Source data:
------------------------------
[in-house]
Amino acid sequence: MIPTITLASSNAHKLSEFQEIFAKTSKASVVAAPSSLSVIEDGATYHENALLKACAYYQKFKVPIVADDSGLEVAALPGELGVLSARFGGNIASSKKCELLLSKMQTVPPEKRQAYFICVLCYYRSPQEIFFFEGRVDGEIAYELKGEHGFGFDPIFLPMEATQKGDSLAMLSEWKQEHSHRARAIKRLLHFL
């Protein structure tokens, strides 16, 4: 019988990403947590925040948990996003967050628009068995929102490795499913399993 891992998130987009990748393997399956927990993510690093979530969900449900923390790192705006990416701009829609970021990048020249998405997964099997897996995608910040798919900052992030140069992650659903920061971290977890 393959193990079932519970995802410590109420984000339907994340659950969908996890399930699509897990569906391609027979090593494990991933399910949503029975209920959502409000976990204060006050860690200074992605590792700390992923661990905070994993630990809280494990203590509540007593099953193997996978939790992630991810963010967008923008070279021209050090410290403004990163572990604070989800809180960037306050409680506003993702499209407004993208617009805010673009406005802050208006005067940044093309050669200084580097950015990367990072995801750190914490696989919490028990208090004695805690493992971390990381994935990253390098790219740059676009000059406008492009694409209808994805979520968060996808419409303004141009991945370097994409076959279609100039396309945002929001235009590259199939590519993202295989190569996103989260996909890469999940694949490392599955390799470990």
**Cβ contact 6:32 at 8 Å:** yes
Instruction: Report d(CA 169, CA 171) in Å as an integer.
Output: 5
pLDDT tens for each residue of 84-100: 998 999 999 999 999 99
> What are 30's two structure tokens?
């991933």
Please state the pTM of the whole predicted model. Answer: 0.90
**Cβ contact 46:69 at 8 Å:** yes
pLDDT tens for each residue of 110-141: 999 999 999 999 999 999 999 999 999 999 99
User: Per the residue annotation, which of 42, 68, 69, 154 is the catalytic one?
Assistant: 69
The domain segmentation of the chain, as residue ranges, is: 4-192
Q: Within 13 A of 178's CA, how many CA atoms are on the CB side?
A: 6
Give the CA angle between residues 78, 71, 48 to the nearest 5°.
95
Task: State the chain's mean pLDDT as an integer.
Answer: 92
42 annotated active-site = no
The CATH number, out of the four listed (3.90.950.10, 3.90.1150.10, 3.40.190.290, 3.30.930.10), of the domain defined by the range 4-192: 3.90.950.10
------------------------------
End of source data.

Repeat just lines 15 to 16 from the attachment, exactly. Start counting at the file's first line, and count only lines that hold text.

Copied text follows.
The domain segmentation of the chain, as residue ranges, is: 4-192
Q: Within 13 A of 178's CA, how many CA atoms are on the CB side?